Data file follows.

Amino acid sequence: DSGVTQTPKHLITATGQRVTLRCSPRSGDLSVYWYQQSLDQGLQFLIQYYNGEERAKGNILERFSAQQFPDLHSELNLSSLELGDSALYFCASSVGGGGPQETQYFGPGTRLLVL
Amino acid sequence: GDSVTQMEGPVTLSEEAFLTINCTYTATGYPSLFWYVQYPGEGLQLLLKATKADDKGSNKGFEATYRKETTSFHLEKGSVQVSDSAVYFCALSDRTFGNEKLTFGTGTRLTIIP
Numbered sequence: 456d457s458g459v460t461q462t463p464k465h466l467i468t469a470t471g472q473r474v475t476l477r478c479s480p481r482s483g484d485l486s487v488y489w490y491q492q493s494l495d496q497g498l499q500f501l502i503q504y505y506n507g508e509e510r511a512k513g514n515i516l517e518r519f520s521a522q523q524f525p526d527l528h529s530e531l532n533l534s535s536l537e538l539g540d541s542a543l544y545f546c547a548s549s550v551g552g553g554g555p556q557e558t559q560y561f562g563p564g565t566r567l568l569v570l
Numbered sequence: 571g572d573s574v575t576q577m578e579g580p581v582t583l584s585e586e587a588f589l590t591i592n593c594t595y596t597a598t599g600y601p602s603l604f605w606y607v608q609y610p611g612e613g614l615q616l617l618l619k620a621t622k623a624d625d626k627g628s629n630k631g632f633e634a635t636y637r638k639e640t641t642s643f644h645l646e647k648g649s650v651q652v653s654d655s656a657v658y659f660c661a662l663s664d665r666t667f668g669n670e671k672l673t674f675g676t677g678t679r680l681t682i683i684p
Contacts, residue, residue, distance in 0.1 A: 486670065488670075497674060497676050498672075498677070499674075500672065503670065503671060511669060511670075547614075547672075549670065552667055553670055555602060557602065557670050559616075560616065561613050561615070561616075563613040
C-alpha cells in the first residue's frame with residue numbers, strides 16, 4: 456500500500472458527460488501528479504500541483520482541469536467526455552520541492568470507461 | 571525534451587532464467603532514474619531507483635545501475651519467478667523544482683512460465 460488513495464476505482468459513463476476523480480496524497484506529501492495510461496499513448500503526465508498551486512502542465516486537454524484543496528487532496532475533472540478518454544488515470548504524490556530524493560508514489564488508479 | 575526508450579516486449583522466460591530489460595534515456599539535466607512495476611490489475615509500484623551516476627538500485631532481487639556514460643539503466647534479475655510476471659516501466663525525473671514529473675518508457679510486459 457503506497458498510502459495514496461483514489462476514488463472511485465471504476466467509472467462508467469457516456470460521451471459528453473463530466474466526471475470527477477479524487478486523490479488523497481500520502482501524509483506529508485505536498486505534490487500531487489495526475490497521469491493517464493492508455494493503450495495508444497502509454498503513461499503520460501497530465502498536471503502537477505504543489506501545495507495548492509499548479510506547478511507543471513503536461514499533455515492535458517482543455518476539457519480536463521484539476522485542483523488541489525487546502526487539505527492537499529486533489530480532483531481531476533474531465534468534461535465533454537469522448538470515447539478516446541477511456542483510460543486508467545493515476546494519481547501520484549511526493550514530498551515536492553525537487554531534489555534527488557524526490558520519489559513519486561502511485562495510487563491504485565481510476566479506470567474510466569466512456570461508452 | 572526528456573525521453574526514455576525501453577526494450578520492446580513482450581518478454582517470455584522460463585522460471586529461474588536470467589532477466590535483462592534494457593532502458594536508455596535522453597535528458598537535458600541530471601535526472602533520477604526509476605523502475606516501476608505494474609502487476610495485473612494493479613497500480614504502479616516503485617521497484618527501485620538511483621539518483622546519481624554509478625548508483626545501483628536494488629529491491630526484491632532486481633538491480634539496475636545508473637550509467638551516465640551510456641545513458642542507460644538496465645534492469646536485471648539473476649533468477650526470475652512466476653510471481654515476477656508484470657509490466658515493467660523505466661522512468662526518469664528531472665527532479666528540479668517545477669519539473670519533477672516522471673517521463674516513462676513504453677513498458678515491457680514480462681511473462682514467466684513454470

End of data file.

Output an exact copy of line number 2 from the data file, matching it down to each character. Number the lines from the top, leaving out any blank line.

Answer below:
Amino acid sequence: GDSVTQMEGPVTLSEEAFLTINCTYTATGYPSLFWYVQYPGEGLQLLLKATKADDKGSNKGFEATYRKETTSFHLEKGSVQVSDSAVYFCALSDRTFGNEKLTFGTGTRLTIIP